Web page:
Louie Barletta: At that point Ryan Lay and Jerry said they would leave with Matt, but everybody else agreed that they would stay. A few days later Bod called and told me that he had talked to everybody and "you were voted in as the new brand manager." I told him to let me think about it. I called Matt, and he came over to the Mansion. We went to the bar and drank and talked about it, then came back to the house and talked about it.
Matt Eversole: We sat there and drank beer until four in the morning. We shed tears over times that we've had and we laughed. It was fucking rad. But he had to go that way, and I had to go this way.
Cairo Foster: I had helped Matt over the years with planning out trips and so forth, somewhat in the vein of TM work. So when things went south between Eversole and Dwindle, it only seemed right to pitch in beyond just riding my board.
Louie Barletta: After Eversole left, Matt Mullen came in and we had planned to make Oververt a four-part web video. Right when I started I sat down with Matt Mullen and watched all the footage and was just like, "Fuck, we need more time." So we pushed it back and decided to do the full-length.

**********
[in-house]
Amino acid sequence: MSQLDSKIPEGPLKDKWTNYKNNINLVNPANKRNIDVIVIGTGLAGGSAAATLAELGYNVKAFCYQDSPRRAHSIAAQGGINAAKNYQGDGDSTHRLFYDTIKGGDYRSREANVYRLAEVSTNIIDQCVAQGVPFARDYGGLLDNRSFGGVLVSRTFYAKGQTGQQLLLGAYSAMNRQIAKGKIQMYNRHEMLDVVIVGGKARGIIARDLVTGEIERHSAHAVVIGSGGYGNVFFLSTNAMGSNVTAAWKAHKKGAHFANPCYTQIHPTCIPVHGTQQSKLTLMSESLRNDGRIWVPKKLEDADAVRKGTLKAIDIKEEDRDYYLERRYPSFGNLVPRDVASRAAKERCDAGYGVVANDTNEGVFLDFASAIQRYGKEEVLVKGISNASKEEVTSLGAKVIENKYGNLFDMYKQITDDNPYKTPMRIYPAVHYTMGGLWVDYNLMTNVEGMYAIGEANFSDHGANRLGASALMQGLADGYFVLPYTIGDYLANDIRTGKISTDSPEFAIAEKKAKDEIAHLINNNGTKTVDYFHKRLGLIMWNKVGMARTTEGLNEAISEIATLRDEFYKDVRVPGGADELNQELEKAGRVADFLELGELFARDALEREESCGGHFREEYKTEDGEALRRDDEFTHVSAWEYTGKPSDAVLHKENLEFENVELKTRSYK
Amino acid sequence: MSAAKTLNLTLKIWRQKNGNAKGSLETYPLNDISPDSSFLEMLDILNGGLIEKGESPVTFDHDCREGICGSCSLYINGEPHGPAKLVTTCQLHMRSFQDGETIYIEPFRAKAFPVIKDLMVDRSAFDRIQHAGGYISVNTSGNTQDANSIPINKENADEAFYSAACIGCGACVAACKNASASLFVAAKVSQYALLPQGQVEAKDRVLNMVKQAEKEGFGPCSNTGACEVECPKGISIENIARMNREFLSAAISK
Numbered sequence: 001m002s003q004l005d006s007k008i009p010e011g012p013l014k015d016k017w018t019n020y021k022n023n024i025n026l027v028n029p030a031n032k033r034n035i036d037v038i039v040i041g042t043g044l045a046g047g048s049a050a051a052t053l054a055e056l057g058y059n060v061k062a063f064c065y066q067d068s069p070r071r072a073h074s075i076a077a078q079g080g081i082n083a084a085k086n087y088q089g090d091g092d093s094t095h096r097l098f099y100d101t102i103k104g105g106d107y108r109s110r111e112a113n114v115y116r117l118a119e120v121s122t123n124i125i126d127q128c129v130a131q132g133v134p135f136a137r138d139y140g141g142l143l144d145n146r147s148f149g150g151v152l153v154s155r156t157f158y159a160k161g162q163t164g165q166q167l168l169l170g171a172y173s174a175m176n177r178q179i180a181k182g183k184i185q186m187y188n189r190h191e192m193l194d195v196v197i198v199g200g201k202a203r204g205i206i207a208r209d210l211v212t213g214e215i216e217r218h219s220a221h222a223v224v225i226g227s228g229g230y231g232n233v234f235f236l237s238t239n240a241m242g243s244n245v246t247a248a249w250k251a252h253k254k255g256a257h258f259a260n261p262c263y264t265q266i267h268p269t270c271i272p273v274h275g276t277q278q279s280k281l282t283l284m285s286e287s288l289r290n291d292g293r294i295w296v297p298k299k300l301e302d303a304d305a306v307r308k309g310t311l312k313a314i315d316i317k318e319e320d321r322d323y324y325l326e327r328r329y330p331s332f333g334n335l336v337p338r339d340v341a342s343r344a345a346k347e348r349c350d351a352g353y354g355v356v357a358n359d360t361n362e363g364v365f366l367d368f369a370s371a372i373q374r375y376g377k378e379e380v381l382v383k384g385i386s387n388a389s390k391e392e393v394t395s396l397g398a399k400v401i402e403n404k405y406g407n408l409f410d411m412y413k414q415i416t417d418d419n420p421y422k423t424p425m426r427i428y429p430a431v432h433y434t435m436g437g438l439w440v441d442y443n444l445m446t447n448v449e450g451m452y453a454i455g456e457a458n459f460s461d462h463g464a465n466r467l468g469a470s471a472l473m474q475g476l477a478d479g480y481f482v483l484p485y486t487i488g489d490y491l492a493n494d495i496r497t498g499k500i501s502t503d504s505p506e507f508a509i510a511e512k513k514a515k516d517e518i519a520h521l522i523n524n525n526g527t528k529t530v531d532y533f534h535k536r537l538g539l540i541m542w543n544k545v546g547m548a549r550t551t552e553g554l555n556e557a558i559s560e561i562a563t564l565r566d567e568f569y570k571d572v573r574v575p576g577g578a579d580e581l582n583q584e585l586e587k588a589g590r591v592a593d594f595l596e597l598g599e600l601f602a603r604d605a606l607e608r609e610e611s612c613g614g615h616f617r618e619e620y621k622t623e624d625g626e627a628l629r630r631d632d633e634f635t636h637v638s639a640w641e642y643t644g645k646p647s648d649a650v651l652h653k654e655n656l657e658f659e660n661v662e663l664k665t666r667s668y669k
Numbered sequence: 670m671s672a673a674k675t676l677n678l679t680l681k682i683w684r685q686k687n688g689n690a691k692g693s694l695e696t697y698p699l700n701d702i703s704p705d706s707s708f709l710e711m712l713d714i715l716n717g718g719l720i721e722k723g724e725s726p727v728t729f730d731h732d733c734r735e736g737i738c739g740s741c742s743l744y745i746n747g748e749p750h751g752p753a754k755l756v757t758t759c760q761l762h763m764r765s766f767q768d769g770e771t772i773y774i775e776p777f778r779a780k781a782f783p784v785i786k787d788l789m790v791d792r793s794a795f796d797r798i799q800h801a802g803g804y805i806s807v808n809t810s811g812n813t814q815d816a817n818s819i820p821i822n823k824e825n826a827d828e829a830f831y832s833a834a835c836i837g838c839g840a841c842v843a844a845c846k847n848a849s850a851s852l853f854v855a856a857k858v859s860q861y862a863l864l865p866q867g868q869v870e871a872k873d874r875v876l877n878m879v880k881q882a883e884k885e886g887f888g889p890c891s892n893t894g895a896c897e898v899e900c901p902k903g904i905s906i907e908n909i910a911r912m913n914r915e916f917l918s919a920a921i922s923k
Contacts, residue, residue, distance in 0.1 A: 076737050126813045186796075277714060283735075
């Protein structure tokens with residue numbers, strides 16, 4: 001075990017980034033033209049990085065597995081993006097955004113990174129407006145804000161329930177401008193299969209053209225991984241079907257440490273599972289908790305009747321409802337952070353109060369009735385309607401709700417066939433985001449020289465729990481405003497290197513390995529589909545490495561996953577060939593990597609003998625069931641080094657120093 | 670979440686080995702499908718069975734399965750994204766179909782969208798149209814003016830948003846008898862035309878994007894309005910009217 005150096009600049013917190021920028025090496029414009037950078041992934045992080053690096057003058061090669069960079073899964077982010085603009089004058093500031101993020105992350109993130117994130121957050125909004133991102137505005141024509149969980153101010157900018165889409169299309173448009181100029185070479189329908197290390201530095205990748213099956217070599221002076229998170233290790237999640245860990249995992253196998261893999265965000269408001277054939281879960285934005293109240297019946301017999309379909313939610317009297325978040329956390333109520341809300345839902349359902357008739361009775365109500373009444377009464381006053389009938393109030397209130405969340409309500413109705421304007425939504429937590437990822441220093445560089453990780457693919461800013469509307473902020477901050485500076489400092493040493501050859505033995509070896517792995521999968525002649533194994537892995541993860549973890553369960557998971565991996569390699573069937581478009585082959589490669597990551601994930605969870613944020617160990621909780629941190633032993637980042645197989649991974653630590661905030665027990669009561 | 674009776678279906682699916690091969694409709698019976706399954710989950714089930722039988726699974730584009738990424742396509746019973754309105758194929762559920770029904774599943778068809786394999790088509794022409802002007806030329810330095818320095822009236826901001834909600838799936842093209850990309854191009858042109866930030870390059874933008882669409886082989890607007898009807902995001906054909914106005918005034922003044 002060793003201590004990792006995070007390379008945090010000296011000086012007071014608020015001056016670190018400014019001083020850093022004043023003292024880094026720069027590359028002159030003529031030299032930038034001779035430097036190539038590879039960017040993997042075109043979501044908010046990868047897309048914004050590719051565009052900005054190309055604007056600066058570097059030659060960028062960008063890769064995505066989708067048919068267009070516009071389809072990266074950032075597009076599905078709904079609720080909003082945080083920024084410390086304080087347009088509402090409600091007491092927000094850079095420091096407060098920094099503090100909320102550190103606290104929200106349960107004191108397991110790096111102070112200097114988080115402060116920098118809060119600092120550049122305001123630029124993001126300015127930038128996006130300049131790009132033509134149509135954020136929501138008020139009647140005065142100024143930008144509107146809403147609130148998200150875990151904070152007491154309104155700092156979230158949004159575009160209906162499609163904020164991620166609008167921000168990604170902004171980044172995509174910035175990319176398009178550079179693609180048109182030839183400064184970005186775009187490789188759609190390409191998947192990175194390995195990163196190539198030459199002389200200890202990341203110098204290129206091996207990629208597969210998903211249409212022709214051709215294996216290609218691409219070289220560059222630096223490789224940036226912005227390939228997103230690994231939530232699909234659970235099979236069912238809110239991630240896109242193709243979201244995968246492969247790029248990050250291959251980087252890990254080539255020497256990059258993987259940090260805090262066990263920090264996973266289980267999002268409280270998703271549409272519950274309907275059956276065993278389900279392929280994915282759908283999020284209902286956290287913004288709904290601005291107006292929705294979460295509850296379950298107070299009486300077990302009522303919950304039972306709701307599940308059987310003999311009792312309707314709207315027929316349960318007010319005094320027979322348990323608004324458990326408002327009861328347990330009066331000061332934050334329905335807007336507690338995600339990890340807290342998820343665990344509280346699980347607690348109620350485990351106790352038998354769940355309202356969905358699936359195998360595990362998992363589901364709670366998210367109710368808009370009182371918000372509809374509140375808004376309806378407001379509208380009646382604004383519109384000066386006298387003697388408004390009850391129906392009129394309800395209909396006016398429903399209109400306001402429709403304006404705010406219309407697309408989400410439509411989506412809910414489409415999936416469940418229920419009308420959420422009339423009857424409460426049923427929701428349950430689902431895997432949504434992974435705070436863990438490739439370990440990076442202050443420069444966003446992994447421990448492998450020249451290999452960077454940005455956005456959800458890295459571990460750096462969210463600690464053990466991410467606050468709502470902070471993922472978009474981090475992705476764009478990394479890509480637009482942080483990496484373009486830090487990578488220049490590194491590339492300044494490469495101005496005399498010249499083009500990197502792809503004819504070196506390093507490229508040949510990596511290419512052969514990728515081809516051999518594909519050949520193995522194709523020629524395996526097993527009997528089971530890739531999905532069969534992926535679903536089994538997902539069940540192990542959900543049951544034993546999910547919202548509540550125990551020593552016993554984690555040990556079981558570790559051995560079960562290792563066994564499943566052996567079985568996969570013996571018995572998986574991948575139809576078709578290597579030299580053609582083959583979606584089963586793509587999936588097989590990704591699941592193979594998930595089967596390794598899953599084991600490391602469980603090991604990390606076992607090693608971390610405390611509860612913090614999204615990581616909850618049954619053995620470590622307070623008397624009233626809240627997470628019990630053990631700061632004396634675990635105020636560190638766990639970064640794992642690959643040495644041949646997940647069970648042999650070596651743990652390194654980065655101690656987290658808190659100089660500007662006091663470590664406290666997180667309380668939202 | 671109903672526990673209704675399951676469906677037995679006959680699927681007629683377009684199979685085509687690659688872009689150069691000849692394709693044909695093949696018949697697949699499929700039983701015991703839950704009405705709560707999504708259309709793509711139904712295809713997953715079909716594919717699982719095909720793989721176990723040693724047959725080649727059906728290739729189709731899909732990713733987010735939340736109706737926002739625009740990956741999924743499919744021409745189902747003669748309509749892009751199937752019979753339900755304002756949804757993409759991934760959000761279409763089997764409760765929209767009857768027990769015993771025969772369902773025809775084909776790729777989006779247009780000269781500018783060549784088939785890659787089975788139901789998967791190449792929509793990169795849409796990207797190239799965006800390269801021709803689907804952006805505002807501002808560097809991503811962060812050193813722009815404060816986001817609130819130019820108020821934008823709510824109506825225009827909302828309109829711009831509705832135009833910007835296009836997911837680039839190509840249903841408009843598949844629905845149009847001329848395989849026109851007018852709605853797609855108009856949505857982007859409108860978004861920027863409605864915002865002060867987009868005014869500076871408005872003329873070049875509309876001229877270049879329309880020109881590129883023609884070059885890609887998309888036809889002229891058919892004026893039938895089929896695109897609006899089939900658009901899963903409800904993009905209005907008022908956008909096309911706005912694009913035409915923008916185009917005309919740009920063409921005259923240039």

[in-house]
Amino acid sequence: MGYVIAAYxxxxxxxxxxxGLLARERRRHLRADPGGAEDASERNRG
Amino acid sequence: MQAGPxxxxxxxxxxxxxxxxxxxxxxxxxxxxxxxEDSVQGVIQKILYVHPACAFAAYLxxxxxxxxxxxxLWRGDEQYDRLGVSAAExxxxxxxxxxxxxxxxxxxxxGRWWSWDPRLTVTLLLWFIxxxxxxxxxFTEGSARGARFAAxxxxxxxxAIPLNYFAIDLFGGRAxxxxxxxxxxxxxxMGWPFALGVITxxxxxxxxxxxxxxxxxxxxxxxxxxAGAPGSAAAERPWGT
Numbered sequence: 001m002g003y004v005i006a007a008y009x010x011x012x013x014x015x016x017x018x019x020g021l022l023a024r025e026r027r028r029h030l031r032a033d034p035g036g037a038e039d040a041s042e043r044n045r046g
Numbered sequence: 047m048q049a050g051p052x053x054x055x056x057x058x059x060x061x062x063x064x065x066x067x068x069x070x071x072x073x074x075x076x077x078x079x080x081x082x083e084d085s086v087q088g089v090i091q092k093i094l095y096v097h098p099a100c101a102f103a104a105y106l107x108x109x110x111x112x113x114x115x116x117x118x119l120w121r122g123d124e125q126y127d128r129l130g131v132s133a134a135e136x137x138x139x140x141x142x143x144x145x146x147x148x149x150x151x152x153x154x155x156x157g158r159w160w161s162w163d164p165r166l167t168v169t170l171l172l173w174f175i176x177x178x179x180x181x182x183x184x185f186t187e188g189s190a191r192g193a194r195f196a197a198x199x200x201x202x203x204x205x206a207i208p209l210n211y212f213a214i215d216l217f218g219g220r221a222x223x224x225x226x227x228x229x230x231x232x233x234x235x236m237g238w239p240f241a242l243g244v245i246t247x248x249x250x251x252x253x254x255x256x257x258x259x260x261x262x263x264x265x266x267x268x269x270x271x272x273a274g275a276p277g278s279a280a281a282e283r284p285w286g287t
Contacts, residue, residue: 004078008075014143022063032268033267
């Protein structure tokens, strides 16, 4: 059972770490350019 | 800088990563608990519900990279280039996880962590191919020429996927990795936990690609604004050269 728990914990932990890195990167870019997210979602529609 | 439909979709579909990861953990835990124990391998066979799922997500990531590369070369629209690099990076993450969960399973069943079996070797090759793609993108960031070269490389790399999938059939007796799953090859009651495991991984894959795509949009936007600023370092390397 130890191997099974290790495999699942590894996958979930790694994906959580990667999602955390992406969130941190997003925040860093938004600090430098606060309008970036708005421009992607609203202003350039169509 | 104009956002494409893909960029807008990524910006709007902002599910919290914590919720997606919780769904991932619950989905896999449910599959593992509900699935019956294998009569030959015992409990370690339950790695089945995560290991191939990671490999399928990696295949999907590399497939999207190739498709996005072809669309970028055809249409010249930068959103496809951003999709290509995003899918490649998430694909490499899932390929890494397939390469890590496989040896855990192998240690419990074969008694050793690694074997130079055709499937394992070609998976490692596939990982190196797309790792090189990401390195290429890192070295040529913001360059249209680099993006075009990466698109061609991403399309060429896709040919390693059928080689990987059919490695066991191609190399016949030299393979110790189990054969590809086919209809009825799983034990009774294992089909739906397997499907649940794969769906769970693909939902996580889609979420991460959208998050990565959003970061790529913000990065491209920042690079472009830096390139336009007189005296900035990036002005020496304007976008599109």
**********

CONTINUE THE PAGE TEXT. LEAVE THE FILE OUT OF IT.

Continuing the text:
Miika Adamov: I'd been skating in the Bay Area for a number of years with a bunch of dudes. Louie started giving me boards. To me, enjoi is the happy-go-lucky skate company with a heart of gold and the best ads.
Blue Turner: We both got on around the same time through Matt Mullen. Miika can do the craziest things and never takes a slam. He's like a ballerina; he can get out of anything. Thaynan [Costa] rules and has a rad selection of tricks.
Thaynan Costa: I went to Barcelona, and DC had an apartment there. Louie was staying in the same place, so we went skating a couple days and was super fun. He told me that he likes pandas, and I said, "Me too." I started getting flowed.
Louie Barletta: [Roger] Bagley got on in about January/February of 2014. And we were just all hands on deck for the next few months. For me it was gnarly because now we would go on tour and go skate, and then that night I would just get on e-mails or phone calls all night.
Jimmy Carlin: Three months after I quit Mystery and Fallen, Louie hit me up. I had a year to film for the video, but then I tore my ankle six months in and was out the rest of the time.